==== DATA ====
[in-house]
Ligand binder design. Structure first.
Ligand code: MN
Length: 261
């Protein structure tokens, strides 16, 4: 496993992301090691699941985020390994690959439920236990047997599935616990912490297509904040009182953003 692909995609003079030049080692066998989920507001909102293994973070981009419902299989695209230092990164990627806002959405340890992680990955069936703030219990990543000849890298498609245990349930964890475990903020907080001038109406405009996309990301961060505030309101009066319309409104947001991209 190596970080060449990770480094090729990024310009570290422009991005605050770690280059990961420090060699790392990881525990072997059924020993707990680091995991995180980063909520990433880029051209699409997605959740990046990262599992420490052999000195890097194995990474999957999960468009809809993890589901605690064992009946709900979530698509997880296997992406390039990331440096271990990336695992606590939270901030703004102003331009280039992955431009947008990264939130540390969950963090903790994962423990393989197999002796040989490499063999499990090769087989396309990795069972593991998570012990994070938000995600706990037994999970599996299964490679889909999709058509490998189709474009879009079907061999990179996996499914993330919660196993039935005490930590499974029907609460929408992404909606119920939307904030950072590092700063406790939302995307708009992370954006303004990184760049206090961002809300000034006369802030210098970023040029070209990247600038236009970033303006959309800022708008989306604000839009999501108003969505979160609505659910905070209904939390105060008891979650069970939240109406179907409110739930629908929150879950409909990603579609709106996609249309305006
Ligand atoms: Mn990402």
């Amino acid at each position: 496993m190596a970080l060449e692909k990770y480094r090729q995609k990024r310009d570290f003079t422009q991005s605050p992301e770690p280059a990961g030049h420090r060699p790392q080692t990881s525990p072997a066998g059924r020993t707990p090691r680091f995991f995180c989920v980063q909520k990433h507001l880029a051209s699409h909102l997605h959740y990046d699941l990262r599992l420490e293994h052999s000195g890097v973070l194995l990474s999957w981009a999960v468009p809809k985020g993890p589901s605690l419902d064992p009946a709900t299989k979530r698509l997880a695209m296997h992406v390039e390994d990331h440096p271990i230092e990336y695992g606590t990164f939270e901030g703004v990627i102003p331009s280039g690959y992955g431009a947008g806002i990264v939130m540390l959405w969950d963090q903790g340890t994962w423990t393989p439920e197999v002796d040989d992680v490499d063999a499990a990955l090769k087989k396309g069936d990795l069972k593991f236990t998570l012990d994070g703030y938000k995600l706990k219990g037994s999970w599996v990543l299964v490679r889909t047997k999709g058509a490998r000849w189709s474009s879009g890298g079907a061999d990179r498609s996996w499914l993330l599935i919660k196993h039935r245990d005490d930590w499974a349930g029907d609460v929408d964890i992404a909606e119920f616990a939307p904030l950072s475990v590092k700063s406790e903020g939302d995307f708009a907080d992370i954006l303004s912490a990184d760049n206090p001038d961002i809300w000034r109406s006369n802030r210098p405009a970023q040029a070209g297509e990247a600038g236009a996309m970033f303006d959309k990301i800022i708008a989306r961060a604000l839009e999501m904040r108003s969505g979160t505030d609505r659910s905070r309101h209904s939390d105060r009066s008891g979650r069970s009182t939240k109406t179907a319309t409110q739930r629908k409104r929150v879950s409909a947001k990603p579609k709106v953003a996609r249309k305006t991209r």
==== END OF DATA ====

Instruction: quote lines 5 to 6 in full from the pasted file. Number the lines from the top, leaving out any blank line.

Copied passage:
């Protein structure tokens, strides 16, 4: 496993992301090691699941985020390994690959439920236990047997599935616990912490297509904040009182953003 692909995609003079030049080692066998989920507001909102293994973070981009419902299989695209230092990164990627806002959405340890992680990955069936703030219990990543000849890298498609245990349930964890475990903020907080001038109406405009996309990301961060505030309101009066319309409104947001991209 190596970080060449990770480094090729990024310009570290422009991005605050770690280059990961420090060699790392990881525990072997059924020993707990680091995991995180980063909520990433880029051209699409997605959740990046990262599992420490052999000195890097194995990474999957999960468009809809993890589901605690064992009946709900979530698509997880296997992406390039990331440096271990990336695992606590939270901030703004102003331009280039992955431009947008990264939130540390969950963090903790994962423990393989197999002796040989490499063999499990090769087989396309990795069972593991998570012990994070938000995600706990037994999970599996299964490679889909999709058509490998189709474009879009079907061999990179996996499914993330919660196993039935005490930590499974029907609460929408992404909606119920939307904030950072590092700063406790939302995307708009992370954006303004990184760049206090961002809300000034006369802030210098970023040029070209990247600038236009970033303006959309800022708008989306604000839009999501108003969505979160609505659910905070209904939390105060008891979650069970939240109406179907409110739930629908929150879950409909990603579609709106996609249309305006
Ligand atoms: Mn990402």